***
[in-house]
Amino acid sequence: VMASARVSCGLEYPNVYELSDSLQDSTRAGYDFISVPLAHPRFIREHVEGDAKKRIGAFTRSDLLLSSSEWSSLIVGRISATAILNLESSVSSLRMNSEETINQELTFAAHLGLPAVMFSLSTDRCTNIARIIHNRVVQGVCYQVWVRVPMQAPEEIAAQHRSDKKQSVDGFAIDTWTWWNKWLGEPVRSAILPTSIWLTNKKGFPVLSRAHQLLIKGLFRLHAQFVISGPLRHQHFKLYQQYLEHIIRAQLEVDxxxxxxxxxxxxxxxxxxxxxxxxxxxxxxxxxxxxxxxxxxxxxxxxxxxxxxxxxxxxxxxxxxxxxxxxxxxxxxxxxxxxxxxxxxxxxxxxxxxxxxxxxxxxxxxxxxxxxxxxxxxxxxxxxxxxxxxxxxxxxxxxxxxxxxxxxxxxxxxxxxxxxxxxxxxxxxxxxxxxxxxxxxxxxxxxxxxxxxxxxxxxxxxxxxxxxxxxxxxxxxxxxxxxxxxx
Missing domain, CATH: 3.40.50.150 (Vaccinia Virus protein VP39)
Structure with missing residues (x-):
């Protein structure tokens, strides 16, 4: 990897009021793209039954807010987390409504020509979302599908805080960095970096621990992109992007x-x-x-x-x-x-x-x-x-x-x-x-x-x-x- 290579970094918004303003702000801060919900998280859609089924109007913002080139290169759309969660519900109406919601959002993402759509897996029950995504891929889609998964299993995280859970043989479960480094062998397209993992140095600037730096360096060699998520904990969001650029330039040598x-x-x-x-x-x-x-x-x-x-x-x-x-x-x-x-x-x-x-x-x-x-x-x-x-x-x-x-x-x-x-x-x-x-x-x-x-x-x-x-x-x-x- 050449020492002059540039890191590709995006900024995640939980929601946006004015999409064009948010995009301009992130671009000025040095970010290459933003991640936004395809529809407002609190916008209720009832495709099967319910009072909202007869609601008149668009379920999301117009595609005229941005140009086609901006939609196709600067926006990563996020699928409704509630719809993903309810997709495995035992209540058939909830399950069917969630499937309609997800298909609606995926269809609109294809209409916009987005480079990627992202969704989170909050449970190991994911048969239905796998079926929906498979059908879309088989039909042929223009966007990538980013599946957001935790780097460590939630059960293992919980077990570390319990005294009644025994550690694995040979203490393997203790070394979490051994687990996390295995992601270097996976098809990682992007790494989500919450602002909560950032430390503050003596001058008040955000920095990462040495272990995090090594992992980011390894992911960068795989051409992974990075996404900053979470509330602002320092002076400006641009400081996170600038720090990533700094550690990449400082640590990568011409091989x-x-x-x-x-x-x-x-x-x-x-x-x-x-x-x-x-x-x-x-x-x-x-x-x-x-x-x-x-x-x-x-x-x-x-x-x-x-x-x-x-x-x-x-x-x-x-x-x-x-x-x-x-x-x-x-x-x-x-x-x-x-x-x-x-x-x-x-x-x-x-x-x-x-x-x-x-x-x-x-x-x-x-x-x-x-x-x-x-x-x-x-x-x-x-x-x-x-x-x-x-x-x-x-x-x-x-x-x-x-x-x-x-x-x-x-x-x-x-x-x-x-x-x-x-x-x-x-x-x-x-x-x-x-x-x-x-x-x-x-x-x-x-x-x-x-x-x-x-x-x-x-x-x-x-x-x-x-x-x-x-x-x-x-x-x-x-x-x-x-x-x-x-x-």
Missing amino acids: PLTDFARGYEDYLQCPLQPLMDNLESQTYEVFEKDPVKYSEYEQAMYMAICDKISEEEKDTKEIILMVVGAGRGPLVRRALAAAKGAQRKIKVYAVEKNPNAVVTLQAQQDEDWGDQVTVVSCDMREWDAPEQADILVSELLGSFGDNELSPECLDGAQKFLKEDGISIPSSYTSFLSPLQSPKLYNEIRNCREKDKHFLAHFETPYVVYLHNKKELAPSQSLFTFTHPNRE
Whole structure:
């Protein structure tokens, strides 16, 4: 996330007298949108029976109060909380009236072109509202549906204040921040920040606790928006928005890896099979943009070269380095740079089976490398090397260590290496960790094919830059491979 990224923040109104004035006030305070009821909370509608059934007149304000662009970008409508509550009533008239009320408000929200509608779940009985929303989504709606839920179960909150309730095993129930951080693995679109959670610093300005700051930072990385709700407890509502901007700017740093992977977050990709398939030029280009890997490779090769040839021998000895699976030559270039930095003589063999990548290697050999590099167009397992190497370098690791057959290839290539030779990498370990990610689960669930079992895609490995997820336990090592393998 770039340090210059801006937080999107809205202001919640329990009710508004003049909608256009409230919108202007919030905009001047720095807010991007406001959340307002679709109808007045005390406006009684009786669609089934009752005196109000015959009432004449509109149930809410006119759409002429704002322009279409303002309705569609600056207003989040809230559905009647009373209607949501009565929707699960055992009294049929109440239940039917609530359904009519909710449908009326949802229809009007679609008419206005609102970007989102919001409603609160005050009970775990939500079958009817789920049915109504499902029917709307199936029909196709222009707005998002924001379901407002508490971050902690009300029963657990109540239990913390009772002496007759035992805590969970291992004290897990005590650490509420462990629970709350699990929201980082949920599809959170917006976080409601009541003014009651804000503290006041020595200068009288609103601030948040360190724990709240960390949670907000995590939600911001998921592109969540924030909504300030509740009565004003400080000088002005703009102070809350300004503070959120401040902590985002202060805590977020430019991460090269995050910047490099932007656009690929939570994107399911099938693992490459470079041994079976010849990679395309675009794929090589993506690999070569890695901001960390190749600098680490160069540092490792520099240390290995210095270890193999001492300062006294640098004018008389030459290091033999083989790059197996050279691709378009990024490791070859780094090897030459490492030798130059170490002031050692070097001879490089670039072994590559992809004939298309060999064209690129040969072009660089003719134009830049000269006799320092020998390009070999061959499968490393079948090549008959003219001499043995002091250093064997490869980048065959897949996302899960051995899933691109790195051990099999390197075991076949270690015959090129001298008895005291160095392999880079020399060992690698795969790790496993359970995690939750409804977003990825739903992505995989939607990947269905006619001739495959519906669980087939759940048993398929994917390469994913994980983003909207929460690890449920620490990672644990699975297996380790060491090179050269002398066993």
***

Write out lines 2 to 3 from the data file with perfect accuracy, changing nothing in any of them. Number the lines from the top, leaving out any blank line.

Amino acid sequence: VMASARVSCGLEYPNVYELSDSLQDSTRAGYDFISVPLAHPRFIREHVEGDAKKRIGAFTRSDLLLSSSEWSSLIVGRISATAILNLESSVSSLRMNSEETINQELTFAAHLGLPAVMFSLSTDRCTNIARIIHNRVVQGVCYQVWVRVPMQAPEEIAAQHRSDKKQSVDGFAIDTWTWWNKWLGEPVRSAILPTSIWLTNKKGFPVLSRAHQLLIKGLFRLHAQFVISGPLRHQHFKLYQQYLEHIIRAQLEVDxxxxxxxxxxxxxxxxxxxxxxxxxxxxxxxxxxxxxxxxxxxxxxxxxxxxxxxxxxxxxxxxxxxxxxxxxxxxxxxxxxxxxxxxxxxxxxxxxxxxxxxxxxxxxxxxxxxxxxxxxxxxxxxxxxxxxxxxxxxxxxxxxxxxxxxxxxxxxxxxxxxxxxxxxxxxxxxxxxxxxxxxxxxxxxxxxxxxxxxxxxxxxxxxxxxxxxxxxxxxxxxxxxxxxxxx
Missing domain, CATH: 3.40.50.150 (Vaccinia Virus protein VP39)